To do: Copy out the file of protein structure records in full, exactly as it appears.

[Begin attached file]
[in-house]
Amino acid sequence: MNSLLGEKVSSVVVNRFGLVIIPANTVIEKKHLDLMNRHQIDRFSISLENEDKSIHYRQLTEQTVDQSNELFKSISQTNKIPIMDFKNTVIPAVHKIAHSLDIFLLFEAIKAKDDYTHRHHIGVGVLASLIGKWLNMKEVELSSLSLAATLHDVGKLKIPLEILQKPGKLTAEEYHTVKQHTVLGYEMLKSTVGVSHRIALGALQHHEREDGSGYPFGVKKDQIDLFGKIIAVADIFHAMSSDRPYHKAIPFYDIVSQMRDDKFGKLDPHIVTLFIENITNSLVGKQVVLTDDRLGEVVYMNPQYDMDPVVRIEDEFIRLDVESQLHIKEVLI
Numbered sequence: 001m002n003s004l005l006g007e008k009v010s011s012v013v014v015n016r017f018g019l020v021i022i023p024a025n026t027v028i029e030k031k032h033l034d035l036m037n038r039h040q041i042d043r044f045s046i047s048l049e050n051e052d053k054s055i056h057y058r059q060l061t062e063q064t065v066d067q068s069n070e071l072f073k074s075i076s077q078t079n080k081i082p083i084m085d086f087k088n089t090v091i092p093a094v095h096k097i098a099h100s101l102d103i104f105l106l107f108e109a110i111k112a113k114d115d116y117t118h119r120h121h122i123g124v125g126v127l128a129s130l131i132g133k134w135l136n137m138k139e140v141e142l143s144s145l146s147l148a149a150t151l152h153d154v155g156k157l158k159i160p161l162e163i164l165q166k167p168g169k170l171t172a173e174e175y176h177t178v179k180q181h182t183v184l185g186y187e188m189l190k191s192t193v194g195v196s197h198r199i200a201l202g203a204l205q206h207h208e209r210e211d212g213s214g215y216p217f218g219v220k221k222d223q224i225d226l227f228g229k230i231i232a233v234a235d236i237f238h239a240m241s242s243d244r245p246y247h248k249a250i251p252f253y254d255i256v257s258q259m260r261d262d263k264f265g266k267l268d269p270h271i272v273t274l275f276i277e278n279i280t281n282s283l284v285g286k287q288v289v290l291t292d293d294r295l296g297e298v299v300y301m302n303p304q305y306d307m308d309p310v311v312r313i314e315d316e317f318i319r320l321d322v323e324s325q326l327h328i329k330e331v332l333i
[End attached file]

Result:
[in-house]
Amino acid sequence: MNSLLGEKVSSVVVNRFGLVIIPANTVIEKKHLDLMNRHQIDRFSISLENEDKSIHYRQLTEQTVDQSNELFKSISQTNKIPIMDFKNTVIPAVHKIAHSLDIFLLFEAIKAKDDYTHRHHIGVGVLASLIGKWLNMKEVELSSLSLAATLHDVGKLKIPLEILQKPGKLTAEEYHTVKQHTVLGYEMLKSTVGVSHRIALGALQHHEREDGSGYPFGVKKDQIDLFGKIIAVADIFHAMSSDRPYHKAIPFYDIVSQMRDDKFGKLDPHIVTLFIENITNSLVGKQVVLTDDRLGEVVYMNPQYDMDPVVRIEDEFIRLDVESQLHIKEVLI
Numbered sequence: 001m002n003s004l005l006g007e008k009v010s011s012v013v014v015n016r017f018g019l020v021i022i023p024a025n026t027v028i029e030k031k032h033l034d035l036m037n038r039h040q041i042d043r044f045s046i047s048l049e050n051e052d053k054s055i056h057y058r059q060l061t062e063q064t065v066d067q068s069n070e071l072f073k074s075i076s077q078t079n080k081i082p083i084m085d086f087k088n089t090v091i092p093a094v095h096k097i098a099h100s101l102d103i104f105l106l107f108e109a110i111k112a113k114d115d116y117t118h119r120h121h122i123g124v125g126v127l128a129s130l131i132g133k134w135l136n137m138k139e140v141e142l143s144s145l146s147l148a149a150t151l152h153d154v155g156k157l158k159i160p161l162e163i164l165q166k167p168g169k170l171t172a173e174e175y176h177t178v179k180q181h182t183v184l185g186y187e188m189l190k191s192t193v194g195v196s197h198r199i200a201l202g203a204l205q206h207h208e209r210e211d212g213s214g215y216p217f218g219v220k221k222d223q224i225d226l227f228g229k230i231i232a233v234a235d236i237f238h239a240m241s242s243d244r245p246y247h248k249a250i251p252f253y254d255i256v257s258q259m260r261d262d263k264f265g266k267l268d269p270h271i272v273t274l275f276i277e278n279i280t281n282s283l284v285g286k287q288v289v290l291t292d293d294r295l296g297e298v299v300y301m302n303p304q305y306d307m308d309p310v311v312r313i314e315d316e317f318i319r320l321d322v323e324s325q326l327h328i329k330e331v332l333i